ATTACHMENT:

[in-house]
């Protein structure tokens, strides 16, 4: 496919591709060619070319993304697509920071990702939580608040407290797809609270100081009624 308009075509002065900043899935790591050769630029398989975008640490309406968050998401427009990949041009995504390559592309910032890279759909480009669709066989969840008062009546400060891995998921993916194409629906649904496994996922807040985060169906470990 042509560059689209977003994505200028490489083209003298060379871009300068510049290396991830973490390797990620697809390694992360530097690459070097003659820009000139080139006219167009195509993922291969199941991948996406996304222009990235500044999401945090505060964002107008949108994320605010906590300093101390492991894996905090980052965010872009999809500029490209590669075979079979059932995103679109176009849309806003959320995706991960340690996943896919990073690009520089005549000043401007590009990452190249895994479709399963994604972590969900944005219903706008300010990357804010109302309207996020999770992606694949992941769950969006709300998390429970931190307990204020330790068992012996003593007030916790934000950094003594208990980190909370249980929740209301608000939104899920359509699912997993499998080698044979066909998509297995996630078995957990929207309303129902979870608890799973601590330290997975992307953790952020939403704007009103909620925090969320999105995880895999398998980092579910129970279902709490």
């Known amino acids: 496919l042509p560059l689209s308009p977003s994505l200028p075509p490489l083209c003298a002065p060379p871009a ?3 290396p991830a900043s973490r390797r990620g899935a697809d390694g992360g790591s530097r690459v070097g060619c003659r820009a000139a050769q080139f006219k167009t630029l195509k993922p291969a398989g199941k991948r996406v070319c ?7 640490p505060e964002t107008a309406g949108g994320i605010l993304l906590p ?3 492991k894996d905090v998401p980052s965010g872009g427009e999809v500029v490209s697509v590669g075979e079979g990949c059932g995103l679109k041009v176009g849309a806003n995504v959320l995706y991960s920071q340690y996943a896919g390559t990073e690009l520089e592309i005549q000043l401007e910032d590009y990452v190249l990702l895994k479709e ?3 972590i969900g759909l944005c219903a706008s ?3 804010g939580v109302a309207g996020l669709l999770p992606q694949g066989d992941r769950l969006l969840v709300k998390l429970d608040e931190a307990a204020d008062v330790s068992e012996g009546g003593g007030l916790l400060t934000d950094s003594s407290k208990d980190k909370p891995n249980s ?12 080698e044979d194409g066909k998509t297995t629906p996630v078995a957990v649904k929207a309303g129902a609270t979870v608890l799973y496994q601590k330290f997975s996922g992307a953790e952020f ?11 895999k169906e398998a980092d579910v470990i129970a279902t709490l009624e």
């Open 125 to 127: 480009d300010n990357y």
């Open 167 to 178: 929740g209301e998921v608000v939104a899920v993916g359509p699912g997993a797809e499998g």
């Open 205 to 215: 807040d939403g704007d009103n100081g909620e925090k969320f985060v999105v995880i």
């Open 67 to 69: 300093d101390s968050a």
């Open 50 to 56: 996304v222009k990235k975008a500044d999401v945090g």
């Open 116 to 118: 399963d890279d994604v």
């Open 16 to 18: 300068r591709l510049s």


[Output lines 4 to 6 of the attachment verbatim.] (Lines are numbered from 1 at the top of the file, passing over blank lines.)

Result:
């Open 125 to 127: 480009d300010n990357y």
């Open 167 to 178: 929740g209301e998921v608000v939104a899920v993916g359509p699912g997993a797809e499998g």
């Open 205 to 215: 807040d939403g704007d009103n100081g909620e925090k969320f985060v999105v995880i």